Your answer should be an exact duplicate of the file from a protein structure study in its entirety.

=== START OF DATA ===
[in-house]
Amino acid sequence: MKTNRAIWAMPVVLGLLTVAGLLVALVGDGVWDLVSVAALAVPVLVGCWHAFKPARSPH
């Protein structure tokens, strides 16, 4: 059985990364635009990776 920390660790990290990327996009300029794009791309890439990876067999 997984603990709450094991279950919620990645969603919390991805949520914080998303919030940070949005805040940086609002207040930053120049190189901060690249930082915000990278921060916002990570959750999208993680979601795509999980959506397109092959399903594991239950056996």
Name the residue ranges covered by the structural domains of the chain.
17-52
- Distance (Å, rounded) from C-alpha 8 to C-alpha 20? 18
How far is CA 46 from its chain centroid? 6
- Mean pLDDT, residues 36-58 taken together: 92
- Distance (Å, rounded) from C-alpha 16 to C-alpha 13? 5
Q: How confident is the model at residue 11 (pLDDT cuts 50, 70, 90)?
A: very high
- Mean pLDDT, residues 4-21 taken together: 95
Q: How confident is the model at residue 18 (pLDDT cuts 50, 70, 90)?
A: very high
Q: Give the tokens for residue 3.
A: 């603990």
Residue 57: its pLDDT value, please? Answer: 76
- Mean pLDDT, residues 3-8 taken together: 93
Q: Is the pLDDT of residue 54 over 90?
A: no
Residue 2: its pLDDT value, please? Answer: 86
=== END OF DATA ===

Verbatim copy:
[in-house]
Amino acid sequence: MKTNRAIWAMPVVLGLLTVAGLLVALVGDGVWDLVSVAALAVPVLVGCWHAFKPARSPH
């Protein structure tokens, strides 16, 4: 059985990364635009990776 920390660790990290990327996009300029794009791309890439990876067999 997984603990709450094991279950919620990645969603919390991805949520914080998303919030940070949005805040940086609002207040930053120049190189901060690249930082915000990278921060916002990570959750999208993680979601795509999980959506397109092959399903594991239950056996």
Name the residue ranges covered by the structural domains of the chain.
17-52
- Distance (Å, rounded) from C-alpha 8 to C-alpha 20? 18
How far is CA 46 from its chain centroid? 6
- Mean pLDDT, residues 36-58 taken together: 92
- Distance (Å, rounded) from C-alpha 16 to C-alpha 13? 5
Q: How confident is the model at residue 11 (pLDDT cuts 50, 70, 90)?
A: very high
- Mean pLDDT, residues 4-21 taken together: 95
Q: How confident is the model at residue 18 (pLDDT cuts 50, 70, 90)?
A: very high
Q: Give the tokens for residue 3.
A: 């603990």
Residue 57: its pLDDT value, please? Answer: 76
- Mean pLDDT, residues 3-8 taken together: 93
Q: Is the pLDDT of residue 54 over 90?
A: no
Residue 2: its pLDDT value, please? Answer: 86